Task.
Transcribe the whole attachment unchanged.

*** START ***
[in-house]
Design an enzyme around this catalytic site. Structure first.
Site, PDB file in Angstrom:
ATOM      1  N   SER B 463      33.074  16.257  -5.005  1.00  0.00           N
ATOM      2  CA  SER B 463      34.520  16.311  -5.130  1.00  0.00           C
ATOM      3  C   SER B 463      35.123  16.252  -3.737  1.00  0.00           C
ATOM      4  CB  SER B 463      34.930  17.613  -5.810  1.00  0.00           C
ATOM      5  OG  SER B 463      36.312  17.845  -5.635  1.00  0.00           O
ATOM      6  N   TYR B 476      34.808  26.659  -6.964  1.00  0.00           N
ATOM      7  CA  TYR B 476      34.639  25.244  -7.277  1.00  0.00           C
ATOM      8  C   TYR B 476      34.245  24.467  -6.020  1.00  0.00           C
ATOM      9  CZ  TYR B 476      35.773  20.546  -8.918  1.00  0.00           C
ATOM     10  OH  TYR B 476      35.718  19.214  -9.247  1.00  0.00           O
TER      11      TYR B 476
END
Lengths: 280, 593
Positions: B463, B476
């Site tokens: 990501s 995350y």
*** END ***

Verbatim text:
[in-house]
Design an enzyme around this catalytic site. Structure first.
Site, PDB file in Angstrom:
ATOM      1  N   SER B 463      33.074  16.257  -5.005  1.00  0.00           N
ATOM      2  CA  SER B 463      34.520  16.311  -5.130  1.00  0.00           C
ATOM      3  C   SER B 463      35.123  16.252  -3.737  1.00  0.00           C
ATOM      4  CB  SER B 463      34.930  17.613  -5.810  1.00  0.00           C
ATOM      5  OG  SER B 463      36.312  17.845  -5.635  1.00  0.00           O
ATOM      6  N   TYR B 476      34.808  26.659  -6.964  1.00  0.00           N
ATOM      7  CA  TYR B 476      34.639  25.244  -7.277  1.00  0.00           C
ATOM      8  C   TYR B 476      34.245  24.467  -6.020  1.00  0.00           C
ATOM      9  CZ  TYR B 476      35.773  20.546  -8.918  1.00  0.00           C
ATOM     10  OH  TYR B 476      35.718  19.214  -9.247  1.00  0.00           O
TER      11      TYR B 476
END
Lengths: 280, 593
Positions: B463, B476
């Site tokens: 990501s 995350y």